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New Guidelines Say No to Screening EKGs for Low-Risk Patients
Recommendations mirror those issued in 2004 because science hasn't changed, experts say
MONDAY, July 30 (HealthDay News) -- A top U.S. advisory panel has recommended against preventive electrocardiography (EKG) screening for people at low risk of heart disease.
The U.S. Preventive Services Task Force also determined there is not enough evidence to recommend for or against screening people without symptoms who are at moderate or high risk of heart disease.
The task force published its recommendations online July 31 in the Annals of Internal Medicine. They echo the task force's previous guidelines on EKG screening, which came out in 2004.
"The systematic review didn't come up with any science that would change the 2004 recommendation -- it is in fact the same as in 2004," task force co-vice chair Dr. Michael LeFevre said, explaining that the task force makes a general policy of updating all its recommendations about every five years.
"When you have an asymptomatic low-risk population, the chance that you're going to do harm instead of good [by screening] goes way up," LeFevre said.
In a low-risk population, abnormalities that show up in an EKG are probably not due to actual heart disease and are probably false positives instead, LeFevre explained. "Inevitably, that leads to further testing, including invasive testing such as heart catheterization" that carries the risk of rare complications like heart rhythm disturbances, he added.
Although the task force did not come to a conclusion about moderate- and high-risk groups of people based on the current evidence, "as a practicing family physician, it would be unusual for me to do an EKG in any asymptomatic person," LeFevre said.
The task force stated that evaluating traditional risk factors including bad cholesterol, high blood pressure and smoking were important, and that it was not clear that EKGs added any information to this assessment.
"If someone is high risk, I am going to treat risk factors regardless of what the EKG shows," LeFevre said.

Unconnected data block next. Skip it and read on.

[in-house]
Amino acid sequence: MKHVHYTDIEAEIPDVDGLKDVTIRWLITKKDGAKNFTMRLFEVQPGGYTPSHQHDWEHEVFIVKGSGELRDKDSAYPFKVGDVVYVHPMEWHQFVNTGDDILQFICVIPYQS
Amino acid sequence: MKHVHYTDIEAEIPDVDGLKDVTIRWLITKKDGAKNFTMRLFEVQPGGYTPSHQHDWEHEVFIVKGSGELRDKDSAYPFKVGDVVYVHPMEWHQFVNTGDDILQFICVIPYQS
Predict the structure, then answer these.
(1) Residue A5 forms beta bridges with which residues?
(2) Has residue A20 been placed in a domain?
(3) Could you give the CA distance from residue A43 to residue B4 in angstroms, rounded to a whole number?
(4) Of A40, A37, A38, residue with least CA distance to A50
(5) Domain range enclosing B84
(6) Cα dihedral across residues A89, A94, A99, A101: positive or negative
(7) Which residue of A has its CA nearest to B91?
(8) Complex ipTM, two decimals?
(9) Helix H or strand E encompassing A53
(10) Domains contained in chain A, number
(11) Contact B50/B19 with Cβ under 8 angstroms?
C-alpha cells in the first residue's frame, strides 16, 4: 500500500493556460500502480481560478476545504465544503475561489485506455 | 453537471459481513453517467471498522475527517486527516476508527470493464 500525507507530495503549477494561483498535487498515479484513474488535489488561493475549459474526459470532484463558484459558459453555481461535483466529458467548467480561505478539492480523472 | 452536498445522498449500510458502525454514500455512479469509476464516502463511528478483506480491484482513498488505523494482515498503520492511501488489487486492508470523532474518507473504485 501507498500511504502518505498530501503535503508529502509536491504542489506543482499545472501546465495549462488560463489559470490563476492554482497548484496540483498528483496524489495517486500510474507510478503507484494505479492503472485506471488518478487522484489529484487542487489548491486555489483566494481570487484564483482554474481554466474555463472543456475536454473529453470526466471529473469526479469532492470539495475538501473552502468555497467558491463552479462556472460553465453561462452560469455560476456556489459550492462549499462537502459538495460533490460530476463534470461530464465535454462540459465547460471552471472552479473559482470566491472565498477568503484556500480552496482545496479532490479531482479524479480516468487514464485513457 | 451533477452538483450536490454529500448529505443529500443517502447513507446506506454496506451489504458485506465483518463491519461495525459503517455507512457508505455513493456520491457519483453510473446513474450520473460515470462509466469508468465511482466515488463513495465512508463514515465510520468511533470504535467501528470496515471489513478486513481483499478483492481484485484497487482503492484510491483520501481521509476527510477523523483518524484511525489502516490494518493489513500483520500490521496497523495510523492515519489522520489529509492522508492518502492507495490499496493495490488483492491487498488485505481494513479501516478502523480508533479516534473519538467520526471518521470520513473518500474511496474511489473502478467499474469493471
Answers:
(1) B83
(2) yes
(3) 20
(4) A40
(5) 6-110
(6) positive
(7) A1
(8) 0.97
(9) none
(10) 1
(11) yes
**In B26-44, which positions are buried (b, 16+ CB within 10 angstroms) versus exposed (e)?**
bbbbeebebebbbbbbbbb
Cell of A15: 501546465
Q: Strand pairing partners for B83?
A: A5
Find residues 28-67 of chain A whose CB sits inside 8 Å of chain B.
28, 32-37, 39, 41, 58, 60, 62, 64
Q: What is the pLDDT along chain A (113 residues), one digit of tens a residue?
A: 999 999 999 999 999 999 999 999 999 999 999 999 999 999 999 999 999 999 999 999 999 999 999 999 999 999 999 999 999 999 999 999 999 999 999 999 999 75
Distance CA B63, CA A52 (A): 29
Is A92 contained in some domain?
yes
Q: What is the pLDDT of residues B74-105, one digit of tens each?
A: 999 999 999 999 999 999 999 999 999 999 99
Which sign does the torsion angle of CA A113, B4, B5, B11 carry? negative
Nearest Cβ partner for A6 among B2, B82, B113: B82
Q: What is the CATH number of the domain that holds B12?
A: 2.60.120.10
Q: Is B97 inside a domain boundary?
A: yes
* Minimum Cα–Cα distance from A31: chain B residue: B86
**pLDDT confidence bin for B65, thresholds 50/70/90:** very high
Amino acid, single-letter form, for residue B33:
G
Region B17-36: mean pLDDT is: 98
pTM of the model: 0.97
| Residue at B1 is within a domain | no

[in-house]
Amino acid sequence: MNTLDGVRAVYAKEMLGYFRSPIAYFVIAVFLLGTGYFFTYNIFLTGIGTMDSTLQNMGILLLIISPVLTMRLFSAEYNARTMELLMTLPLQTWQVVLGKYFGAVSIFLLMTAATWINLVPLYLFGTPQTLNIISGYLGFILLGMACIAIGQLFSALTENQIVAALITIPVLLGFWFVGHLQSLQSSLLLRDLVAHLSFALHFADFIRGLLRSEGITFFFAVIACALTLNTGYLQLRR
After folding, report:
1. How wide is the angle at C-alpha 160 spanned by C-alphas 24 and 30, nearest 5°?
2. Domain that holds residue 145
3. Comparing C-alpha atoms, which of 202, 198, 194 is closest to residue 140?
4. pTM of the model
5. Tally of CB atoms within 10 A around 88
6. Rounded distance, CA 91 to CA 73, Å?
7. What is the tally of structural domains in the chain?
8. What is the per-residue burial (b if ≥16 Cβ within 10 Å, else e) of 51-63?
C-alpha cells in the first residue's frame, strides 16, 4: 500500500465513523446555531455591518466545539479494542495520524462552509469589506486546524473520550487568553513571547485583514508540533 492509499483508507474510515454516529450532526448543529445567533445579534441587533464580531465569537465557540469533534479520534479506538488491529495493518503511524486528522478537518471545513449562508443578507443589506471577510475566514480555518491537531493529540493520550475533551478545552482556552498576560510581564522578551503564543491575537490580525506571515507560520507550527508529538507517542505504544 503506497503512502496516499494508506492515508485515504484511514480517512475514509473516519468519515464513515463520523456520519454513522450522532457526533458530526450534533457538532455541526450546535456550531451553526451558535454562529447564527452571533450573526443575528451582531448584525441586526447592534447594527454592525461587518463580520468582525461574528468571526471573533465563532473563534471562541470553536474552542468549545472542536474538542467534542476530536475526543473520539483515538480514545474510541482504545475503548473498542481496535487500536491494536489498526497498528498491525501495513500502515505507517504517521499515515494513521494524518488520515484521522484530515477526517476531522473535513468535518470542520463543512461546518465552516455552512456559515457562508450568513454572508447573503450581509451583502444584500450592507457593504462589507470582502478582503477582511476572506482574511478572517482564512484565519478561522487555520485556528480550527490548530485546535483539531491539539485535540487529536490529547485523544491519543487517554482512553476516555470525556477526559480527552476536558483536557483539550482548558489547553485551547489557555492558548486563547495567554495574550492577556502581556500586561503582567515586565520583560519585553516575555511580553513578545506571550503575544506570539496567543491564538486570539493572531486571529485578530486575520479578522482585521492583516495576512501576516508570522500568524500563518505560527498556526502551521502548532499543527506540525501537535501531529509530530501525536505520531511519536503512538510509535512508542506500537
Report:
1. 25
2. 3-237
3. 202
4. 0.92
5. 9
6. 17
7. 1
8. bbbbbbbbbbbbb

On the other hand, EKGs are clearly helpful for understanding why a patient is having heart disease symptoms -- the most common being chest pain and heart flutters, or when the heart skips a beat, LeFevre said. "That becomes a diagnostic rather than a screening test," and the task force recommendations do not cover the merit of EKGs as a diagnostic tool, he noted.
Heart disease, also known as coronary heart disease or coronary artery disease, is the leading cause of death in the United States. More than 1 million people in the United States experience fatal or nonfatal heart attacks, or die of sudden cardiac arrests yearly, accounting for a third of all deaths in people over the age of 35, according to the task force.
An EKG test measures the strength and rhythm of the heartbeat via a series of electrodes placed across the body. The current recommendations apply to EKGs that are done on patients while they're lying down, or resting EKGs, as well as exercise EKGs, or stress tests.
To update the recommendations, the task force reviewed both new and old studies, LeFevre said.
Most doctors would probably agree with the recommendations, especially in low-risk patients, said Dr. Robert Myerburg, a cardiologist at the University of Miami Miller School of Medicine.
"My feeling from the kinds of referrals that I see is that physicians are doing less of the routine screening than they used to," he added.
However, Myerburg thinks that people over 35 should still have a baseline EKG because it could make it easier to pick out problems in later diagnostic EKGs. The task force recommends against baseline EKGs, stating that there is not enough evidence for their usefulness.
"It's hard not to agree with their conclusion" about the absence of benefit in screening low-risk, asymptomatic individuals, Myerburg said. However, the risks associated with EKG and the tests it leads to may be overstated, he pointed out.
"I want physicians to have the flexibility to exert their own judgment for individual patients," Myerburg said.
For example, Myerburg would consider "superseding the general recommendations" in the case of patients with family members who had sudden cardiac deaths without any warning signs of heart disease, because they could be at risk of the same fate.
Insurance companies generally cover EKGs and will hopefully continue to do so if physicians order them, Myerburg said.
"The test costs between $35 and $100 in the middle of Missouri," LeFevre said.
"If patients are worried about heart disease, the major effort should be in the detection and management of risk factors rather than worrying about screening with EKG," LeFevre said.
The American Heart Association and the American College of Cardiology recommend that a family history of heart disease be taken for every patient and that EKG screening is "reasonable" in asymptomatic people with hypertension or diabetes.
You can learn more about your risk of heart disease by visiting the Framingham Heart Study.
Source: SOURCES: Michael LeFevre, M.D., M.S.P.H., co-vice chair, U.S. Preventive Services Task Force, and director, clinical services, University of Missouri School of Medicine, Columbia; Robert Myerburg, M.D., cardiologist, professor, medicine, physiology, University of Miami Miller School of Medicine; July 31, 2012, Annals of Internal Medicine, online
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